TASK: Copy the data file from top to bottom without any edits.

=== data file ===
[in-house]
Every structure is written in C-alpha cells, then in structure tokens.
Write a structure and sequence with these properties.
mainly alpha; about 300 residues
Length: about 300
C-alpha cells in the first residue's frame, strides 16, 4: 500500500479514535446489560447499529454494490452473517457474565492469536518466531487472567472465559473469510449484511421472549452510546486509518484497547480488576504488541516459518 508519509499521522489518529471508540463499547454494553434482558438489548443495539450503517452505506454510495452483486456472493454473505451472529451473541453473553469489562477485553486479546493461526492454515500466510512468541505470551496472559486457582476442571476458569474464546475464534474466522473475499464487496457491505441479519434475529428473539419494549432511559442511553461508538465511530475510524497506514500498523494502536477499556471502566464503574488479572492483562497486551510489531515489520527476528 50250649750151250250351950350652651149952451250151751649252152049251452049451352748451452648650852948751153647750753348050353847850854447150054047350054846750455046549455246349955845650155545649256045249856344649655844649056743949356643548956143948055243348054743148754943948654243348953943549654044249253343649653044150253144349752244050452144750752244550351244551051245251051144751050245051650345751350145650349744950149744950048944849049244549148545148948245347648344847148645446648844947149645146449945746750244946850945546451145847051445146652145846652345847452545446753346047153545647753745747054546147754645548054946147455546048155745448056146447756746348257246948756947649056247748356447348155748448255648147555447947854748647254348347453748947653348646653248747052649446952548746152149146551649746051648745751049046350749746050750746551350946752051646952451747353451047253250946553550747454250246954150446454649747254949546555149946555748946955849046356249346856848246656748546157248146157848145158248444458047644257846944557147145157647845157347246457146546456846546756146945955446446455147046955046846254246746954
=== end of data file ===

[in-house]
Every structure is written in C-alpha cells, then in structure tokens.
Write a structure and sequence with these properties.
mainly alpha; about 300 residues
Length: about 300
C-alpha cells in the first residue's frame, strides 16, 4: 500500500479514535446489560447499529454494490452473517457474565492469536518466531487472567472465559473469510449484511421472549452510546486509518484497547480488576504488541516459518 508519509499521522489518529471508540463499547454494553434482558438489548443495539450503517452505506454510495452483486456472493454473505451472529451473541453473553469489562477485553486479546493461526492454515500466510512468541505470551496472559486457582476442571476458569474464546475464534474466522473475499464487496457491505441479519434475529428473539419494549432511559442511553461508538465511530475510524497506514500498523494502536477499556471502566464503574488479572492483562497486551510489531515489520527476528 50250649750151250250351950350652651149952451250151751649252152049251452049451352748451452648650852948751153647750753348050353847850854447150054047350054846750455046549455246349955845650155545649256045249856344649655844649056743949356643548956143948055243348054743148754943948654243348953943549654044249253343649653044150253144349752244050452144750752244550351244551051245251051144751050245051650345751350145650349744950149744950048944849049244549148545148948245347648344847148645446648844947149645146449945746750244946850945546451145847051445146652145846652345847452545446753346047153545647753745747054546147754645548054946147455546048155745448056146447756746348257246948756947649056247748356447348155748448255648147555447947854748647254348347453748947653348646653248747052649446952548746152149146551649746051648745751049046350749746050750746551350946752051646952451747353451047253250946553550747454250246954150446454649747254949546555149946555748946955849046356249346856848246656748546157248146157848145158248444458047644257846944557147145157647845157347246457146546456846546756146945955446446455147046955046846254246746954